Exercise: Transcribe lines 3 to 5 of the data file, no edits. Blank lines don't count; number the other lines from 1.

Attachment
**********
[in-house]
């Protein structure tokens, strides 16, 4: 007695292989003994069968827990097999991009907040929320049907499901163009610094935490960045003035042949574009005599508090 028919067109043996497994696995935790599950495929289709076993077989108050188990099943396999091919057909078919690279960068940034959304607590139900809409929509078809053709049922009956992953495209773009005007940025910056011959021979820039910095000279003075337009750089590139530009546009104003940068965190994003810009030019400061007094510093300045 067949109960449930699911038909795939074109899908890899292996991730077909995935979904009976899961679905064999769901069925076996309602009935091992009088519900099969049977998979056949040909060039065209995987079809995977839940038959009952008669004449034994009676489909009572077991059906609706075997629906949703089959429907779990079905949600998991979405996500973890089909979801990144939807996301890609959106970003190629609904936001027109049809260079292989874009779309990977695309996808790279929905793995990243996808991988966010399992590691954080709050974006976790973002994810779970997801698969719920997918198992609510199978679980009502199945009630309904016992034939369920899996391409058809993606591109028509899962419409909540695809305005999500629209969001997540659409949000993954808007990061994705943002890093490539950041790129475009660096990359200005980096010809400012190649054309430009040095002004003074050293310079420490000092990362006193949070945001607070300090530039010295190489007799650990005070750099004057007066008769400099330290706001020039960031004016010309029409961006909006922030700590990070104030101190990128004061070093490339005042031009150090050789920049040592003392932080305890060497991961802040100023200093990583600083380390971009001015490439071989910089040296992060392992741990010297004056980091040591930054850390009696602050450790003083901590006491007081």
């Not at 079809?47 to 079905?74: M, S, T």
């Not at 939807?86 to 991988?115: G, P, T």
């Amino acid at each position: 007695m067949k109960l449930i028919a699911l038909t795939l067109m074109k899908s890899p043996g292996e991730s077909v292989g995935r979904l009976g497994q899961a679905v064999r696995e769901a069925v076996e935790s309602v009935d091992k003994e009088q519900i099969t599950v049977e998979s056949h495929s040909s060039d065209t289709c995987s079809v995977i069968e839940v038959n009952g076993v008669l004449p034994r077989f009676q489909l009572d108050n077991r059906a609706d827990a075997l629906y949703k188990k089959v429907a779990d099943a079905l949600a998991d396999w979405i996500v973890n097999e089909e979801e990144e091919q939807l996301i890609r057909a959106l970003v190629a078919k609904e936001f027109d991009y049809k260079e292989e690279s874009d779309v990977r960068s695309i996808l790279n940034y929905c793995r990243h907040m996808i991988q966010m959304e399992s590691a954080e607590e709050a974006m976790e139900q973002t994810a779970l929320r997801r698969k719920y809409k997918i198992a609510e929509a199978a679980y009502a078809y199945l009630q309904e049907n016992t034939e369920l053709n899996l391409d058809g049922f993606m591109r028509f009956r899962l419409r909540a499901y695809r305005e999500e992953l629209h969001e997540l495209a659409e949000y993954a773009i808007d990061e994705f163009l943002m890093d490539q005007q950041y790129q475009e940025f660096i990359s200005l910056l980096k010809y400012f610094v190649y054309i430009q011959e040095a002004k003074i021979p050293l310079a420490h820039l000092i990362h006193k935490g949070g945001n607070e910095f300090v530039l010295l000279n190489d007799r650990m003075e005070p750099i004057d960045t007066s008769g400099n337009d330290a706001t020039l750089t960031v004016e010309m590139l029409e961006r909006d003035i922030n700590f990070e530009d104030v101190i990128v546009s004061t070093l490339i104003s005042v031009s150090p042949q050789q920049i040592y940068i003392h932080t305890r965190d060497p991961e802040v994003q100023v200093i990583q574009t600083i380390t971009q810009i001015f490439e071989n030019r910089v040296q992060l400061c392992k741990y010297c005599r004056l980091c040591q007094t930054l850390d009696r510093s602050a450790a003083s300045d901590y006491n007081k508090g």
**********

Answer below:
């Not at 079809?47 to 079905?74: M, S, T």
């Not at 939807?86 to 991988?115: G, P, T």
């Amino acid at each position: 007695m067949k109960l449930i028919a699911l038909t795939l067109m074109k899908s890899p043996g292996e991730s077909v292989g995935r979904l009976g497994q899961a679905v064999r696995e769901a069925v076996e935790s309602v009935d091992k003994e009088q519900i099969t599950v049977e998979s056949h495929s040909s060039d065209t289709c995987s079809v995977i069968e839940v038959n009952g076993v008669l004449p034994r077989f009676q489909l009572d108050n077991r059906a609706d827990a075997l629906y949703k188990k089959v429907a779990d099943a079905l949600a998991d396999w979405i996500v973890n097999e089909e979801e990144e091919q939807l996301i890609r057909a959106l970003v190629a078919k609904e936001f027109d991009y049809k260079e292989e690279s874009d779309v990977r960068s695309i996808l790279n940034y929905c793995r990243h907040m996808i991988q966010m959304e399992s590691a954080e607590e709050a974006m976790e139900q973002t994810a779970l929320r997801r698969k719920y809409k997918i198992a609510e929509a199978a679980y009502a078809y199945l009630q309904e049907n016992t034939e369920l053709n899996l391409d058809g049922f993606m591109r028509f009956r899962l419409r909540a499901y695809r305005e999500e992953l629209h969001e997540l495209a659409e949000y993954a773009i808007d990061e994705f163009l943002m890093d490539q005007q950041y790129q475009e940025f660096i990359s200005l910056l980096k010809y400012f610094v190649y054309i430009q011959e040095a002004k003074i021979p050293l310079a420490h820039l000092i990362h006193k935490g949070g945001n607070e910095f300090v530039l010295l000279n190489d007799r650990m003075e005070p750099i004057d960045t007066s008769g400099n337009d330290a706001t020039l750089t960031v004016e010309m590139l029409e961006r909006d003035i922030n700590f990070e530009d104030v101190i990128v546009s004061t070093l490339i104003s005042v031009s150090p042949q050789q920049i040592y940068i003392h932080t305890r965190d060497p991961e802040v994003q100023v200093i990583q574009t600083i380390t971009q810009i001015f490439e071989n030019r910089v040296q992060l400061c392992k741990y010297c005599r004056l980091c040591q007094t930054l850390d009696r510093s602050a450790a003083s300045d901590y006491n007081k508090g």